Fifth Grade Encounter with the Man Behind the Video
Mrs. Stewart's Fifth Grade Classroom
Shaftsburg Elementary School
REFLECTING UPON HANDS-ON LEARNING
I came upon this opportunity for students to interact
with the inventor of first video game system (via
e-mail questions) as a result of the instructor's
willingness to allow me to extend myself and use precious
classroom time to further educate students in non-traditional
a precursor to the research project, the students
interacted in an extensive toy and video game history
presentation. They were very fascinated as an actual
example of innovation and making dreams come true
that they could relate to was shown to them. (They
invented their own toy patents and toy advertisements
to present before the class.)
students opportunity to learn from this experience
did not end there as they proceeded to learn about
Ralph Baer's invention in greater depth from a hand-out
I produced and from doing Internet research about
this inventor of the first video game system.
the stage set, the students made up meaningful questions
to better understand the life of this famous inventor
and be motivated by him. In class, students were given
the opportunity to read the answers to their own questions
to the rest of the class with that knowledge that
they may one day see their question in print.
is the image of Ralph Baer proudly standing next
to the first video game system (Odyssey) that
was released in 1972.
THE FIRST OF THE STUDENTS' INTERVIEW QUESTIONS
1. Was there anything you wanted to invent but
it was too hard?
Wrong Question: Nobody "wants to invent"
A person either invents something or
. But a person may invent something
that is too hard to convert into a real product or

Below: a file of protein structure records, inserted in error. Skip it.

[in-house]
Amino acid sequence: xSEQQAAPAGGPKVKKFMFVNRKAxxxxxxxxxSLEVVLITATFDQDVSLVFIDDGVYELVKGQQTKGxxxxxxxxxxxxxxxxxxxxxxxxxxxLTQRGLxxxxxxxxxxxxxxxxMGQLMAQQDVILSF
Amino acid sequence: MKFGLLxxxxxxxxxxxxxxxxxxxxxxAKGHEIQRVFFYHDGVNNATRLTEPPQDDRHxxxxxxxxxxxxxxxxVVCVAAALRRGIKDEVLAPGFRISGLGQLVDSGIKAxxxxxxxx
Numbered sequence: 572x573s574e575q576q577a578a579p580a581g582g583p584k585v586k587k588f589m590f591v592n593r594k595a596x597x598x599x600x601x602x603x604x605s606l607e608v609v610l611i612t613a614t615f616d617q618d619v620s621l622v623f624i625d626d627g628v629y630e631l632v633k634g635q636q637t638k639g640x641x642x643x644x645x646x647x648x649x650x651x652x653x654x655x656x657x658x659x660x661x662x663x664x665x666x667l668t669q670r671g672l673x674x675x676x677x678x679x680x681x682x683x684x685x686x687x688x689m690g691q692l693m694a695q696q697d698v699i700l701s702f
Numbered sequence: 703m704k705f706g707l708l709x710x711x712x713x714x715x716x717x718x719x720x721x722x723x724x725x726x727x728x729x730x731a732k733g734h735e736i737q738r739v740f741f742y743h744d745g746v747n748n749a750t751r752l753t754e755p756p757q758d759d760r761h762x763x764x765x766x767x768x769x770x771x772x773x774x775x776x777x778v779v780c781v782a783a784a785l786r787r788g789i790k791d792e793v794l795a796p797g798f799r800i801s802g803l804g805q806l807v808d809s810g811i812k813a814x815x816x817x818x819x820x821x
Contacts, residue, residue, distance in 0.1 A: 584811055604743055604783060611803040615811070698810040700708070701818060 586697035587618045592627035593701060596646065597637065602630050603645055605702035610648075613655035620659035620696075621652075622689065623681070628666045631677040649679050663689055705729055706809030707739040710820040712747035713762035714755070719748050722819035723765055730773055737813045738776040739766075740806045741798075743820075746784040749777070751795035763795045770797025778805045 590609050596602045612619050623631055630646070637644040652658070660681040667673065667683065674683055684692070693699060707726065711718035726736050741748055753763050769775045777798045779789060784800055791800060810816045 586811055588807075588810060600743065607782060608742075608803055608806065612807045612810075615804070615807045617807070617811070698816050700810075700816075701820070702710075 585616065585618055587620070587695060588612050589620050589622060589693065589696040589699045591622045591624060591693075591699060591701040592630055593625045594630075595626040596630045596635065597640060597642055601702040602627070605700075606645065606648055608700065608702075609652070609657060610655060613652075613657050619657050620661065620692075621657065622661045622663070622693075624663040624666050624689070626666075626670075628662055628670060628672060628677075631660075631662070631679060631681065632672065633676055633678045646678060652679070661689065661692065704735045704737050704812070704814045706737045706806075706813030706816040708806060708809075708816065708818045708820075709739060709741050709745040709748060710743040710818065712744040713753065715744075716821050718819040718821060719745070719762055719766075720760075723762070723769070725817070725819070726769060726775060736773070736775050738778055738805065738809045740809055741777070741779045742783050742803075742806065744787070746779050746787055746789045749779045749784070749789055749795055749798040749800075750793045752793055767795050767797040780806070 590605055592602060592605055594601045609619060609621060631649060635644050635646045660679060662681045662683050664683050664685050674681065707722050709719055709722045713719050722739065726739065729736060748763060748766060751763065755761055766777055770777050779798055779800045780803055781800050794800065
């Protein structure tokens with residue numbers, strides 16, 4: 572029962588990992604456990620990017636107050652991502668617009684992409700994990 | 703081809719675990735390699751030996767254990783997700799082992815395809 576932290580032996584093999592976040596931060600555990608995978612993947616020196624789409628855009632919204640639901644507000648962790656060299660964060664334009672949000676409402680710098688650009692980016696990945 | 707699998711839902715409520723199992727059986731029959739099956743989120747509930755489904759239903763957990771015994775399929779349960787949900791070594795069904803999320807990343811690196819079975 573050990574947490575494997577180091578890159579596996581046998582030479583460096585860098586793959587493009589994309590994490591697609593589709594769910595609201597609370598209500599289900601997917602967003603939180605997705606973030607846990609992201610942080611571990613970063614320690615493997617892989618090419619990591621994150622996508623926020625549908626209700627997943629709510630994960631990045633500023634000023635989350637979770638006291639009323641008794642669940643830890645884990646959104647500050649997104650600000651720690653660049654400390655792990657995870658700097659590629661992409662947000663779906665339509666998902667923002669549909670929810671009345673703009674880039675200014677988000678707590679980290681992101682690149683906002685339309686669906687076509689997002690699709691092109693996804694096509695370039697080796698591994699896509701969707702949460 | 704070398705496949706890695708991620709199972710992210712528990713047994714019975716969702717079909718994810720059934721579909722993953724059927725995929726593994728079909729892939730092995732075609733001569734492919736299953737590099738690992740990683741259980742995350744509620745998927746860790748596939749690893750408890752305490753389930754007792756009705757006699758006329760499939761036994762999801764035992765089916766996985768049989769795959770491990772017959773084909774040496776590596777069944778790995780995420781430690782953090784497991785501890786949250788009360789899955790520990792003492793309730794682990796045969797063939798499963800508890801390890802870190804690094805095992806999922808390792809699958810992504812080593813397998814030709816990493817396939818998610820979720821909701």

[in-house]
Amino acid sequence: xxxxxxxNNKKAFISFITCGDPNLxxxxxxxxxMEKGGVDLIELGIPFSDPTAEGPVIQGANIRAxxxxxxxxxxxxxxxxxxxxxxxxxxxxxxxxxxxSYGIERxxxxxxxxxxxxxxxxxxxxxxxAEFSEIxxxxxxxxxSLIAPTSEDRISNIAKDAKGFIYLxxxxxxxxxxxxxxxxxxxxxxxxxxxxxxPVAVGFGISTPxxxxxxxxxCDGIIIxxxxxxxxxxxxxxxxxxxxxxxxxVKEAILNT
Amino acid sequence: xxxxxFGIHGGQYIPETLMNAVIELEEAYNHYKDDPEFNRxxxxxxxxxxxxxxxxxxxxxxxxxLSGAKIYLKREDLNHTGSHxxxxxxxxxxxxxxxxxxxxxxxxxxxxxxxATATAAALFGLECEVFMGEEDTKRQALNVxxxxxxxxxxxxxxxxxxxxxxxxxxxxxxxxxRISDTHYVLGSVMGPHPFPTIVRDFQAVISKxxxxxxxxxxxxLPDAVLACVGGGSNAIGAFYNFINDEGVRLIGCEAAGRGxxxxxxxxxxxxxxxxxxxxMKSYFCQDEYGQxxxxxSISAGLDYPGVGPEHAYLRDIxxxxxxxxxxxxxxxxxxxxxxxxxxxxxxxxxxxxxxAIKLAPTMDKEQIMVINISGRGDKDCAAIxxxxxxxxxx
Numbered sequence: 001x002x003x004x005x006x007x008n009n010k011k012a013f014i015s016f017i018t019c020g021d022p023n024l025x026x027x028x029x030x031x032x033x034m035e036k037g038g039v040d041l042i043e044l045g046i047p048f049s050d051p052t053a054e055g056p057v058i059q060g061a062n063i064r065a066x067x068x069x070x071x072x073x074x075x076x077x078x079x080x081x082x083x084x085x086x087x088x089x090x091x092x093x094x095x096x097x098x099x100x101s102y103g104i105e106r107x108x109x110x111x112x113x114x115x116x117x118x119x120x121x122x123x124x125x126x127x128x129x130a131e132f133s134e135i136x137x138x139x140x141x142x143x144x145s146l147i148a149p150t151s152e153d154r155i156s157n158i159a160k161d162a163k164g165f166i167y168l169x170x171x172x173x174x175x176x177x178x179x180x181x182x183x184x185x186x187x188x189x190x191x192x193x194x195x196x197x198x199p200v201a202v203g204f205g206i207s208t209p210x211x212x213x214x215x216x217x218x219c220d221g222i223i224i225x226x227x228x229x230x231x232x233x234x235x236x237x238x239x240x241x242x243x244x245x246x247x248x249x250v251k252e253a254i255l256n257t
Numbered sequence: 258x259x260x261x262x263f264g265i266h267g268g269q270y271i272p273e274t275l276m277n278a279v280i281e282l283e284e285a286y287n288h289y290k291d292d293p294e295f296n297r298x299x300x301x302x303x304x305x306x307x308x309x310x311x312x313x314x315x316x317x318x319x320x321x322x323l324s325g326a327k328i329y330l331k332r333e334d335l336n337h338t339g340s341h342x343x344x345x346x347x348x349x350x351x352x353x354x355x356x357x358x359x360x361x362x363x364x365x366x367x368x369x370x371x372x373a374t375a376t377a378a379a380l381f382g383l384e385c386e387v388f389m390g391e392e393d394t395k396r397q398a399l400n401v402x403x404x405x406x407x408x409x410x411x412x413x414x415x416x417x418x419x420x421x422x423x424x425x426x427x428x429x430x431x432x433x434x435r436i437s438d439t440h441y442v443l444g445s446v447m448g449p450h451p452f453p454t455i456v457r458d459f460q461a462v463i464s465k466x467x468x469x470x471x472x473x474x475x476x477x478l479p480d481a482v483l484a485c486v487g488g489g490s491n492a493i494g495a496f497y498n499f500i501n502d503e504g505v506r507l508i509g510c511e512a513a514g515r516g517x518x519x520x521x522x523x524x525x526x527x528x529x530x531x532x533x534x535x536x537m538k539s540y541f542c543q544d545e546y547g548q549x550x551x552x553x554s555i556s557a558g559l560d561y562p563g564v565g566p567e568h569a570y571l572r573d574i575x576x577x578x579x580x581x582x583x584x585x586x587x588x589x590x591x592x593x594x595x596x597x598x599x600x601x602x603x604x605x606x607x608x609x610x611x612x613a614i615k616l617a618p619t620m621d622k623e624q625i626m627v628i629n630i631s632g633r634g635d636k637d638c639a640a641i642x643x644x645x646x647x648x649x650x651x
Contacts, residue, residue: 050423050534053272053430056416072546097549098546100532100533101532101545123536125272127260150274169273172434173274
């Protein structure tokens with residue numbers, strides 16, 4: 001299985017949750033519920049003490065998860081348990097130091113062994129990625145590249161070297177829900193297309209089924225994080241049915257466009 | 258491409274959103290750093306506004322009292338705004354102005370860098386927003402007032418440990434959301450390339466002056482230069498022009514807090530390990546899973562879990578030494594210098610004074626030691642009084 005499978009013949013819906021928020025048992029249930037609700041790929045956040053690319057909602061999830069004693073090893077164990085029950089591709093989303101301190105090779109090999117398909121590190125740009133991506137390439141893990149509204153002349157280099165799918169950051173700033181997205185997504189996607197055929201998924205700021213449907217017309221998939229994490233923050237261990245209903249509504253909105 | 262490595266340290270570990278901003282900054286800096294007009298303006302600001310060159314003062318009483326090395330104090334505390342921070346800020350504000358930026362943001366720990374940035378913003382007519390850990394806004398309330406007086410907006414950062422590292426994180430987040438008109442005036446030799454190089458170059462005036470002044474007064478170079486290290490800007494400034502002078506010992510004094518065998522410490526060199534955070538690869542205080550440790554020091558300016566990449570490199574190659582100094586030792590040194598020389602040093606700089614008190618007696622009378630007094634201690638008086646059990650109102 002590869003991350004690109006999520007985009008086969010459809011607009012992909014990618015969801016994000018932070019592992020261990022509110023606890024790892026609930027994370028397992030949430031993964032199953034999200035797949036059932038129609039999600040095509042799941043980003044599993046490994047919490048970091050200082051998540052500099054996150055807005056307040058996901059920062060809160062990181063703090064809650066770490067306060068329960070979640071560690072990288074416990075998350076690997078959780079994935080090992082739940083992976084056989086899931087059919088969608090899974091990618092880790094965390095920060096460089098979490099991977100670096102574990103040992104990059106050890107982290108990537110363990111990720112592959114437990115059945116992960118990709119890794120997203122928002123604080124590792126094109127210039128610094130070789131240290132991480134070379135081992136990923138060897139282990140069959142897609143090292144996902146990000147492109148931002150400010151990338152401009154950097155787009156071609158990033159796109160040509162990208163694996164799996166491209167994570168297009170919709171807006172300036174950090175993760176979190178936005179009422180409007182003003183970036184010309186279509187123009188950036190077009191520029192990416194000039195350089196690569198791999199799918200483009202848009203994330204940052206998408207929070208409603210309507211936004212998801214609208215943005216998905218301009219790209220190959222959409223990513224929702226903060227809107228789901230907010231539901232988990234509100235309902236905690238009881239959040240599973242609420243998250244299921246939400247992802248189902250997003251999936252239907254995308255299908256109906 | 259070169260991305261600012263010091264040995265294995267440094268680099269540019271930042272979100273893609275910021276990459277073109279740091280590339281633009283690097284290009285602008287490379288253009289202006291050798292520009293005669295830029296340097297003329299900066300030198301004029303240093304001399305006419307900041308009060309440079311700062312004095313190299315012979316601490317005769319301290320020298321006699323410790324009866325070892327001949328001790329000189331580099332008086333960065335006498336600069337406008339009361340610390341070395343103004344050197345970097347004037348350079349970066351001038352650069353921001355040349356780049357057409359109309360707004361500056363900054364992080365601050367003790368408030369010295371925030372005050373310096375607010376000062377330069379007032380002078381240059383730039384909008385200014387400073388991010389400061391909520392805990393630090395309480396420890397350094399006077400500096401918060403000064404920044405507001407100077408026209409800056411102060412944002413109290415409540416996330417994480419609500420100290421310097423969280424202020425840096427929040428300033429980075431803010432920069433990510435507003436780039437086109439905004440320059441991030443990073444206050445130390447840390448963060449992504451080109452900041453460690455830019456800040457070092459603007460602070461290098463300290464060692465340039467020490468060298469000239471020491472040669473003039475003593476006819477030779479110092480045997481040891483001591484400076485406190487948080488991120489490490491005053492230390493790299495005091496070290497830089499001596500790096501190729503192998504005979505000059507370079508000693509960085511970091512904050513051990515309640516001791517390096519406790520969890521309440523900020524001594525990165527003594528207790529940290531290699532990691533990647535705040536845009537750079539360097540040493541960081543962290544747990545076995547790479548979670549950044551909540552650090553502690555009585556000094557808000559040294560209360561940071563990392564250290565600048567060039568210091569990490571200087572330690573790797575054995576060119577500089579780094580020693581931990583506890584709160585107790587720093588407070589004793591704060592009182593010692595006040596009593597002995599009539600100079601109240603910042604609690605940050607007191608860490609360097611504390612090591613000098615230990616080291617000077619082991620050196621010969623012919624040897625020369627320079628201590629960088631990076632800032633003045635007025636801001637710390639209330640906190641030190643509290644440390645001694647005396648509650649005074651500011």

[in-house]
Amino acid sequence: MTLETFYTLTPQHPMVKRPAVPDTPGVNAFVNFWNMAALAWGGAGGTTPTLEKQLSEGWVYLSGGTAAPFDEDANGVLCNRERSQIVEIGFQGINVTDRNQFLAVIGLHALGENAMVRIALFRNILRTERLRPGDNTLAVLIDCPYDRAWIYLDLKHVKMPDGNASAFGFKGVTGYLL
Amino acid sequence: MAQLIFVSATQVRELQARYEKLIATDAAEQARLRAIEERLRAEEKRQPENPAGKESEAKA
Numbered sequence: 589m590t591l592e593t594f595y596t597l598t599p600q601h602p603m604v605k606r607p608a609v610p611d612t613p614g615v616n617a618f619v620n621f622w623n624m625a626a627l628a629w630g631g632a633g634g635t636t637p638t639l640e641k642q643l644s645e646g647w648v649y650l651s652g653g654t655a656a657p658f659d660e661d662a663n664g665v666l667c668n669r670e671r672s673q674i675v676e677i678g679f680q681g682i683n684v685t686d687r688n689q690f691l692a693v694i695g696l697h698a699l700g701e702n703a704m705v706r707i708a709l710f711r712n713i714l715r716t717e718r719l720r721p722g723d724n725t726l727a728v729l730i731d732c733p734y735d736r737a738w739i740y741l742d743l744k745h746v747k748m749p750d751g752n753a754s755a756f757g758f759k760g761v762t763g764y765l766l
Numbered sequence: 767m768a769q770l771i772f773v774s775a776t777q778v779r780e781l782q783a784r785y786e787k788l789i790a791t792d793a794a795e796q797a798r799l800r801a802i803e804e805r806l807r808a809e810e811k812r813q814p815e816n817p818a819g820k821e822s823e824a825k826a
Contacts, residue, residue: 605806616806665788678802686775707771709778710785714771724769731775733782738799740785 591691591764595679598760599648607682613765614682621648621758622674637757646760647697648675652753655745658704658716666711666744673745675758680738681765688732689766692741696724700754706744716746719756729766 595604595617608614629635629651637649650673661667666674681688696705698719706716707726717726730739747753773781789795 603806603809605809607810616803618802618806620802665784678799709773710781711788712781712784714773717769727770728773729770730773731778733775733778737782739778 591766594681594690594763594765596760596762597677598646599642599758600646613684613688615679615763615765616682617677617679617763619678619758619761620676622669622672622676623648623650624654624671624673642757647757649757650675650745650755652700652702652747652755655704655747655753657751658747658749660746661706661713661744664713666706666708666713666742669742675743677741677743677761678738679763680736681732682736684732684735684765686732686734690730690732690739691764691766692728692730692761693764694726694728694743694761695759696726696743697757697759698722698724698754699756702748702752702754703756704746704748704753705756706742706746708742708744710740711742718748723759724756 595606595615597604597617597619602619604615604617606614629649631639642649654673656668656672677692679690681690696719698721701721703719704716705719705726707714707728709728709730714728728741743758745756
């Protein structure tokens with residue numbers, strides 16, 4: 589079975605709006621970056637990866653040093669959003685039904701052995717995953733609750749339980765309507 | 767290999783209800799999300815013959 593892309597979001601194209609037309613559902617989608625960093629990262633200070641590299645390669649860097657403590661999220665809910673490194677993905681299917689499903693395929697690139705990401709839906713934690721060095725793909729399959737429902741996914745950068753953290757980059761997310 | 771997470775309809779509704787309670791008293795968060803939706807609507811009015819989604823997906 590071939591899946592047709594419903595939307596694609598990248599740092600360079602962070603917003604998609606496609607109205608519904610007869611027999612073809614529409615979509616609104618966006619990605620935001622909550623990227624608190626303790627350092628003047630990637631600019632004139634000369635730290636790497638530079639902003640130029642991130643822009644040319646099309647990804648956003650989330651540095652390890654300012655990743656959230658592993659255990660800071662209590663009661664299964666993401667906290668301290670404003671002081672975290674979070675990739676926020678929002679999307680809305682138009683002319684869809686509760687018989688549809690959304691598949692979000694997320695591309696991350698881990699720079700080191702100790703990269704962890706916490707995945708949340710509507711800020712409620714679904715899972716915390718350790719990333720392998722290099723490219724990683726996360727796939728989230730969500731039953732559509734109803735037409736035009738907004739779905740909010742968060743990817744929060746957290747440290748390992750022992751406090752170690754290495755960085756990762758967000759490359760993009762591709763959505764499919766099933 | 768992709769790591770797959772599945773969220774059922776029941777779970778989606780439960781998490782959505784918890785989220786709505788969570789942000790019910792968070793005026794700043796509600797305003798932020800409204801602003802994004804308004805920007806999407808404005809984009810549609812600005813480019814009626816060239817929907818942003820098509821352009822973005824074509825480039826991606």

a service for a lot of reasons, mainly financial ones.
developing the invention- the idea- into a product
costs too much money for an individual inventor. Then
he might try to get some company to take on the job
of developing the idea in a product. That is hard
to do. Companies general do not take outsiders' inventions
But that's another long story.
Links By the Author and Publishers' Corner
RALPH BAER'S NOTE TO THE STUDENTS
(Statement of Ingenuity)
do truly novel ideas come from? Do they drop out of
the sky like lightning and enter the inventor's brain
like something from outer space?
likely. Ideas almost always are the result of recognizing
some need by the inventor
that there's something
that could do a new job nobody had thought of before
(like video games)
or do an old job better than
it had been done before (like: Come up with the idea
of digitizing peoples faces and use them as heads
in video game.)
it's a truly novel idea- a Eureka!- then there is
probably something in the professional experience
of the inventor that caused the novel idea to float
to the surface of his or her consciousness.
you are interested in how video games came into being,
I'll tell you this. My idea for using a home television
set for playing games didn't come out of a vacuum.
I had many years of experience in electronic design,
especially in television receiver design. Therefore,
I had both the incentive for "doing something
new" with a TV set and I had the technical expertise
to see how it might all be done, looking at the design
problem from an engineer's point of view. As an engineer,
it was natural for me to do that just as soon as the
idea for doing games occurred to me.
the bottom line?
of us have inherited (from some distant ancestor)
the genes needed for original thinking about novel
devices. Almost everybody has some genes tucked away
in his or her DNA (Yep
that's where they sit,
waiting for you to put it all together!)
number one. Some of us have the education and training
to convert ideas into real things.
of us are willing to work hard to make dreams real.
just takes all three factors to complete the circle
from concept to end product. Here is no shortcut
and who would want one, anyway?
much for that.
Who was the first person to test it (the first video
My technician Bill Harrison and I played our first
chase (which he won) on May 15, 1967.